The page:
Drive to get parents to work could set back children’s development – peers

by Telegraph, February 24, 2015

A Government drive to get more parents out to work by offering subsidised childcare could be harming children's development, a House of Lords report suggests.
A committee of peers said there was an “inherent tension” between the aims of helping mothers in particular pursue a career and improving their children’s development but that ministers did not appear to recognise the problem.
They also warned that, despite a rise of almost a quarter in planned spending on childcare and early education, the current system could be based on a “false economy” which fails to improve children’s chances in life.
And they called for more effort to support parents teaching young children at home rather than relying on nurseries.
The House of Lords Committee on Affordable Childcare also warned that privately run nurseries and day-care centres – on whom most parents rely – are being significantly underfunded in comparison with state nurseries, which are often attached to a school.

Free childcare places 'must not mean extra costs for parents'

by BBC News, February 24, 2015

The next government must ensure that free childcare places in England are delivered without any extra costs to parents, peers have said.

The Lords Committee on Affordable Childcare said the budget for providing free nursery places does not cover the cost of delivering them.

It said parents were often being forced to subsidise the free places.

The Department for Education said any parents being forced to pay should contact their local authority.

Labour promises more arts in school

by BBC News, February 24, 2015

Labour would use Ofsted inspections to put a greater emphasis on art in schools in England, says the party's leader Ed Miliband.

A future Labour government would widen access to the arts, says Mr Miliband.

Schools would not be graded as "outstanding" unless offering a wide range of arts subjects and "cultural opportunities", says Mr Miliband.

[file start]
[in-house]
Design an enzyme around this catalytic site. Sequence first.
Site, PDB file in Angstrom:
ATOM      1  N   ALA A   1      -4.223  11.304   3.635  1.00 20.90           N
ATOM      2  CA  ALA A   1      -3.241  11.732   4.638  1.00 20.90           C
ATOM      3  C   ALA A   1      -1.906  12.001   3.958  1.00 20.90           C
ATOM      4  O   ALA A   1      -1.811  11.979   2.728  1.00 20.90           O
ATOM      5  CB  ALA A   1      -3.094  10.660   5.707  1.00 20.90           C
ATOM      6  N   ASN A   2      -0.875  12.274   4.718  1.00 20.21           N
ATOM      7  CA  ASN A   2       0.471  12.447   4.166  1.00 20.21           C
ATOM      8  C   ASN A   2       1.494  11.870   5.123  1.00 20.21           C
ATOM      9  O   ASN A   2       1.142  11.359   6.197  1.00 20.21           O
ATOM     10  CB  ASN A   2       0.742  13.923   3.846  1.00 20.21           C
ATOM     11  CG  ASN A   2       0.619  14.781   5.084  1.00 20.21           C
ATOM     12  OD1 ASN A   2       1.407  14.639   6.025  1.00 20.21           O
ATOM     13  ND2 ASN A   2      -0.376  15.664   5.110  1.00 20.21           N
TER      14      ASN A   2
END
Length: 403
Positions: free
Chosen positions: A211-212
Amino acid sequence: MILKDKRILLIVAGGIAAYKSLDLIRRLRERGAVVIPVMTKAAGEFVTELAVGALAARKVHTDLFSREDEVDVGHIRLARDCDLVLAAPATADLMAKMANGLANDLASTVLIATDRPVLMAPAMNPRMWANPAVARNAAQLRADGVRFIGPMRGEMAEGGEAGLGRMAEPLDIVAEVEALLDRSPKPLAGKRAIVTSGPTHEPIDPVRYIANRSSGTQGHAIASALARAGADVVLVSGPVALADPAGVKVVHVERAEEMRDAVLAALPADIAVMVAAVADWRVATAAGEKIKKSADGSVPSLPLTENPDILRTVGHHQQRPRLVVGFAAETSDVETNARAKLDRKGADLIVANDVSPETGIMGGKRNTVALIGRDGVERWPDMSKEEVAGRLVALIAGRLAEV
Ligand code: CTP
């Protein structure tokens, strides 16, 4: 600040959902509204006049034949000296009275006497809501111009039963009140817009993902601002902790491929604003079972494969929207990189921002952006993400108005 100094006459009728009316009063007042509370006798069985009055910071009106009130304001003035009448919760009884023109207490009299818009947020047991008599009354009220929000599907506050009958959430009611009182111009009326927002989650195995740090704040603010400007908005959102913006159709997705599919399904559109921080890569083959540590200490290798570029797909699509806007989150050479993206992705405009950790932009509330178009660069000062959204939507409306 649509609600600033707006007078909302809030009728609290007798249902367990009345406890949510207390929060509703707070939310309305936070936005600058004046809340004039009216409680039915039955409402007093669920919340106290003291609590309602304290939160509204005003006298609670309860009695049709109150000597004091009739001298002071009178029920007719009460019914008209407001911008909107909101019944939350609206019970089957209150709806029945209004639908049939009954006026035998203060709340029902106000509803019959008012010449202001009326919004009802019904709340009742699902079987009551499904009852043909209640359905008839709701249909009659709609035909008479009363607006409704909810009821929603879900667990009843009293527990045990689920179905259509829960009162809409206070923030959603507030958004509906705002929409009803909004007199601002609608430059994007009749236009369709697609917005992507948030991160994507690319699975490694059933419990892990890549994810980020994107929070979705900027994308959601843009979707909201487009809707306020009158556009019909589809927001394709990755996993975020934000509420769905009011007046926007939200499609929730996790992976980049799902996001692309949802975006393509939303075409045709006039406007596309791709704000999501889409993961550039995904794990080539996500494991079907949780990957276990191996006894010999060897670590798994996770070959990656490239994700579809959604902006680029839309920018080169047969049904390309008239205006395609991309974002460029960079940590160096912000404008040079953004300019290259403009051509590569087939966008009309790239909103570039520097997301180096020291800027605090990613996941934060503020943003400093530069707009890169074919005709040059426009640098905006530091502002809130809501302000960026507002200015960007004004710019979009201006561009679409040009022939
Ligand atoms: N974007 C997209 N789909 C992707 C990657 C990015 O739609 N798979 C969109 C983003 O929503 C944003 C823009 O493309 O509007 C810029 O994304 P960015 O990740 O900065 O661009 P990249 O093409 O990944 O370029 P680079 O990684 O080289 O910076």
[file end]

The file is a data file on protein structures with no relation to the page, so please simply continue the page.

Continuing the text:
Education Secretary Nicky Morgan said that arts subjects have already been made more "rigorous".

Alternative HE provision 'an abuse of public money'

by BBC News, February 24, 2015

The government ignored "repeated warnings" about wasting money on alternative higher education providers, according to a report by MPs.

The Public Accounts Committee says the sector was expanded "without sufficient regulation".

The PAC says that almost £4m went to ineligible foreign students.

The Department for Business, Innovation and Skills (BIS) says alternative providers play a "significant role in widening access to education".

Latin under threat in state schools

by The Times, February 23, 2015

Growing popularity of Latin and Greek in state schools is under threat from reforms to GCSEs and A levels, academics say.
Leading classicists warn that changes to the exam system, in particular making GCSE exams more “rigorous”, run the risk of making ancient languages the preserve of elite schools. The number of comprehensive state schools currently offering Latin is thought have risen from 100 a decade ago to more than 600 last year.

Term-time holidays wreck GCSE grades

by The Times, February 23, 2015

Taking week-long holidays during term time can lead to poorer GCSE grades, the education secretary said yesterday.
New research “busted the myth” that missing a few days of school was harmless, and vindicated the government’s decision to clamp down on unauthorised absence, Nicky Morgan claimed.